(OSV News) — The Grim Reaper gets his house in order in the visually charming quest-themed game “Have a Nice Death” (Gearbox). Though its tone is more silly than morbid, gory images make this an unsuitable title for younger kids.
Feeling overtaxed and anxious to avoid burnout, Death incorporated himself. But lately, his employees have run amok. Paperwork gets misfiled, souls get misdirected, it’s a mess. So, before embarking on a well-deserved vacation, the CEO of the underworld decides to set things straight.
To do so, he embarks on a type of journey known to gamers as a dungeon crawl, one of the characteristic features of the roguelike subgenre of which “Have a Nice Death” is a 2D example. Dungeon crawls involve a series of challenges that must be met and overcome in order for the player to advance.
This crawl consists of five levels. Each is based on a different type of demise, ranging from the dramatic, e.g., a war, to the mundane: choking on a piece of gum.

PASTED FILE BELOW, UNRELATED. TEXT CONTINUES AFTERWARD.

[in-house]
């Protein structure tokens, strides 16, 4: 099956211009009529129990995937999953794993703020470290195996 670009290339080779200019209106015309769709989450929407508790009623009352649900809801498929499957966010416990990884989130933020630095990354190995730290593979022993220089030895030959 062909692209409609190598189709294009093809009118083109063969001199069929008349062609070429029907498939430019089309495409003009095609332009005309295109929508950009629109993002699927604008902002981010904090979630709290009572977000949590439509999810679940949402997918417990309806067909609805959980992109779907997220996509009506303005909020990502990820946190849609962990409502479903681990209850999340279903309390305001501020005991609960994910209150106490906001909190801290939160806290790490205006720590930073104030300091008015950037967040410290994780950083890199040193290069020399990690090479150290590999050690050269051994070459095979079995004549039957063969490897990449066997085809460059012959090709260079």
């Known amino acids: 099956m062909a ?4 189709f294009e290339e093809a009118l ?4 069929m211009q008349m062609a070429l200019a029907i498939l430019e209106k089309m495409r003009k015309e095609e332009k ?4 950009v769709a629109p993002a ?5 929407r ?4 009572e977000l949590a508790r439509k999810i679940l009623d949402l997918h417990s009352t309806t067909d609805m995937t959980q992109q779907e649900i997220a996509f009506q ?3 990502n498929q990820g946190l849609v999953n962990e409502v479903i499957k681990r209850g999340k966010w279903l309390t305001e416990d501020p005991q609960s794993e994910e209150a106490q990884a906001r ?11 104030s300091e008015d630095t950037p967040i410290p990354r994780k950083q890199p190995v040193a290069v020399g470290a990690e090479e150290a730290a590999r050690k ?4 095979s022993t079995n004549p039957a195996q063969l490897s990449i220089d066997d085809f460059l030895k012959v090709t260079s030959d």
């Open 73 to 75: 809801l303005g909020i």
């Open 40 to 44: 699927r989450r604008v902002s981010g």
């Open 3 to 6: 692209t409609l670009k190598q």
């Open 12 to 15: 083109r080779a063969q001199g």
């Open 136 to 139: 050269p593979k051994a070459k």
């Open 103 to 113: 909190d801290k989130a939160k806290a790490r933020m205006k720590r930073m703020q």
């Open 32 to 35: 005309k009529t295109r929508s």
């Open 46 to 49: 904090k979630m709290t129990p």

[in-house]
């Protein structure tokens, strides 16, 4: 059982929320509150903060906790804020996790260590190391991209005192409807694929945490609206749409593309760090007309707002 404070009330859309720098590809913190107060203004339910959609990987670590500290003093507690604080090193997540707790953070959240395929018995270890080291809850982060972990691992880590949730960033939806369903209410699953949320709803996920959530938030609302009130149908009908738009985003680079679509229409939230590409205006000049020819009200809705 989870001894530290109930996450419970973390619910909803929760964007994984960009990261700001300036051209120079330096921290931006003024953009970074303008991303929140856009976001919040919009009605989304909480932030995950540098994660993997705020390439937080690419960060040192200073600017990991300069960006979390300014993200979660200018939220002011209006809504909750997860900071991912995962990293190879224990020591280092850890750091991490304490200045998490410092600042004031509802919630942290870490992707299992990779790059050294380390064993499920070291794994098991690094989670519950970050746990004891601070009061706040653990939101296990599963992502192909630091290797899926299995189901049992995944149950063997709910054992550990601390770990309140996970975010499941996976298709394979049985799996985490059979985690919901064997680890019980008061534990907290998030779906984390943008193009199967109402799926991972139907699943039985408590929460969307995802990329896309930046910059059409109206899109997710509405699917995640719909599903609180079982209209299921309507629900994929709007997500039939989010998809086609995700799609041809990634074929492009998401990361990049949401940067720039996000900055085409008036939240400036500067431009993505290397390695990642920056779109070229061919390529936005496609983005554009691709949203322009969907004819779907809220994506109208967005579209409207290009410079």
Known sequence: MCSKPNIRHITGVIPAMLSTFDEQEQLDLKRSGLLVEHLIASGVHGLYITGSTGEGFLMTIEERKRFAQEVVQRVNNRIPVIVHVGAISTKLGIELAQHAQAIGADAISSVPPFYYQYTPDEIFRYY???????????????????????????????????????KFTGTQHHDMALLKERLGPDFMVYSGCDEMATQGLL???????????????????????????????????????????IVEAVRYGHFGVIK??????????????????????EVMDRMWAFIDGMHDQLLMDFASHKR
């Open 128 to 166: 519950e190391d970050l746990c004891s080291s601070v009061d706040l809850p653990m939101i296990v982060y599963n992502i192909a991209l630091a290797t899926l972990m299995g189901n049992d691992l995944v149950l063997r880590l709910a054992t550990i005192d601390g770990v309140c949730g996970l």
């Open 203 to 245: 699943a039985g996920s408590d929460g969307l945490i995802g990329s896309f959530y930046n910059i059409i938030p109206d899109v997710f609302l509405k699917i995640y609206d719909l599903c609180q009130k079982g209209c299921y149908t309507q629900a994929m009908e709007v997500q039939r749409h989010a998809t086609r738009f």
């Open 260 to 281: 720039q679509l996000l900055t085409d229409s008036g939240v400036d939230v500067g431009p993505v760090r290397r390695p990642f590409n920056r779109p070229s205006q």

The principal opponents players encounter are the Sorrows, top-level executives who once helped Death manage his business. Having grown arrogant and greedy, however, they now reap more souls than they are supposed to in order to maximize their profits.
Battles against these adversaries, so-called boss fights, can be punishingly difficult, but are also incredibly satisfying. Gamers will need to utilize the full gamut of weapons available in order to overcome them. Even when Death is defeated, though, he simply gets returned to his office to begin again.
The game’s hand-drawn artwork is delightful. And the sparkling soundtrack enhances this visual environment.
Endearingly lighthearted, “Have a Nice Death” takes a jaunty attitude toward the end of life. That’s an outlook with which Christians, freed by the Resurrection, can feel especially comfortable. As St. Thomas Aquinas once wrote: “From nature springs the fear of death, from grace springs audacity.”
Playable on Nintendo Switch and PC.
The game contains mostly cartoonish violence with some bloody effects. The OSV News classification is A-II — adults and adolescents. The Entertainment Software Rating Board rating is T — teen.
Adele Chapline Smith reviews video games for OSV News.